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Cancer Metastasis Rev. 2005 Jun;24(2):265-72.

SKI pathways inducing progression of human melanoma.

Author information

1
Department of Pathology, Baylor College of Medicine, Houston, TX, USA.

Abstract

The proteins SKI and SnoN are implicated in processes as diverse as differentiation, transformation and tumor progression. Until recently, SKI was solely viewed as a nuclear protein with a principal function of inhibiting TGF-beta signaling through its association with the Smad proteins. However, new studies suggest that SKI plays additional roles not only inside but also outside the nucleus. In normal melanocytes and primary non-invasive melanomas, SKI localizes predominantly in the nucleus, whereas in primary invasive melanomas SKI displays both nuclear and cytoplasmic localization. Intriguingly, metastatic melanoma tumors display nuclear and cytoplasmic or predominantly cytoplasmic SKI distribution. Cytoplasmic SKI is functional, as it associates with Smad3 and prevents its nuclear localization mediated by TGF-beta. SKI can also function as a transcriptional activator, targeting the beta -catenin pathway and activating MITF and NrCAM, two proteins involved in survival, migration and invasion. Intriguingly, SKI appears to live a dual life, one as a tumor suppressor and another as a transforming protein. Loss of one copy of mouse ski increases susceptibility to tumorigenesis in mice, whereas its overexpression is associated with cancer progression of human melanoma, esophageal, breast and colon. The molecular reasons for such dramatic change in SKI function appear to result from new acquired activities. In this review, we discuss the mechanisms by which SKI regulates crucial pathways involved in the progression of human malignant melanoma.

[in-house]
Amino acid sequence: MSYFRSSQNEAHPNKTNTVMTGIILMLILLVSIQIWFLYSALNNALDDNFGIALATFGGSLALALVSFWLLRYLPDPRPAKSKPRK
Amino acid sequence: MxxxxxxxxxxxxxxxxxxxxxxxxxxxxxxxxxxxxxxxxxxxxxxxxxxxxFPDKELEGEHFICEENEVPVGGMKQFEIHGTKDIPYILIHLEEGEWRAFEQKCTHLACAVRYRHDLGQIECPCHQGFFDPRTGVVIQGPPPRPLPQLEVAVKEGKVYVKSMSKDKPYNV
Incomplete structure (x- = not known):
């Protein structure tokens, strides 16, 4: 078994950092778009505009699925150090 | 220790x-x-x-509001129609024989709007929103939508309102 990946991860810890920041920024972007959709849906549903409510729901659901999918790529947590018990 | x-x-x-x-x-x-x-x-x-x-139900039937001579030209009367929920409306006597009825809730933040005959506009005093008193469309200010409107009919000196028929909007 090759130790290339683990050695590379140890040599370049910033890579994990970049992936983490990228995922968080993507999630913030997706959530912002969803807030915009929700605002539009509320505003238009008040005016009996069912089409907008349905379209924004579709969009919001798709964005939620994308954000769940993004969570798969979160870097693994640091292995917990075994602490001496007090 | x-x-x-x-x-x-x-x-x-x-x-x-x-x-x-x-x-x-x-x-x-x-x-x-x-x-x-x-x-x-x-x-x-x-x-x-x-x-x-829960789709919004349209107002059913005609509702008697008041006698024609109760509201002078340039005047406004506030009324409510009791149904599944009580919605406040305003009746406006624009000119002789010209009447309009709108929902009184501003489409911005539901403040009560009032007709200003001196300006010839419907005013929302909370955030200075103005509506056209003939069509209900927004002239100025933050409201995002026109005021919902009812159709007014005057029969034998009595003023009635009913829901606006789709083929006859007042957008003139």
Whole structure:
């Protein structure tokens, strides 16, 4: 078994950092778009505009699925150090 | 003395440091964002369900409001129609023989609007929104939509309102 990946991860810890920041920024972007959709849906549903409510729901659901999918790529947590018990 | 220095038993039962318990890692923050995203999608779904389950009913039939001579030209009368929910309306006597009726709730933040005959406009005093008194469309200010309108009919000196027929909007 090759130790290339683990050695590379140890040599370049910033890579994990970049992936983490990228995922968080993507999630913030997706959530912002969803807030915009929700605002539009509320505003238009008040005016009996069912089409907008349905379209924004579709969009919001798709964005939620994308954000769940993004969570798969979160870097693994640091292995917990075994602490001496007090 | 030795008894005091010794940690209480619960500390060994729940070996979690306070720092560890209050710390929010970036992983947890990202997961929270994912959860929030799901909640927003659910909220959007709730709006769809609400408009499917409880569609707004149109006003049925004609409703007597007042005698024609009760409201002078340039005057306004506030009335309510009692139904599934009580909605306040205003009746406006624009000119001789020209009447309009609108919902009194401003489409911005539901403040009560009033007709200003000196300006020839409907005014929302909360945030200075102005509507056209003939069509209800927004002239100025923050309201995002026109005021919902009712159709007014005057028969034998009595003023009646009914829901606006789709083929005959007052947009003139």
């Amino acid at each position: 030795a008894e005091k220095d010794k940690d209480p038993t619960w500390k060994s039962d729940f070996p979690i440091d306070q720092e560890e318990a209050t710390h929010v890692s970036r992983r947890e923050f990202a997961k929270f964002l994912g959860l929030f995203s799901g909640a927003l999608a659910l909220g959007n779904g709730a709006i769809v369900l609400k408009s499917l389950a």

PMID:
15986136
DOI:
10.1007/s10555-005-1576-x
[Indexed for MEDLINE]

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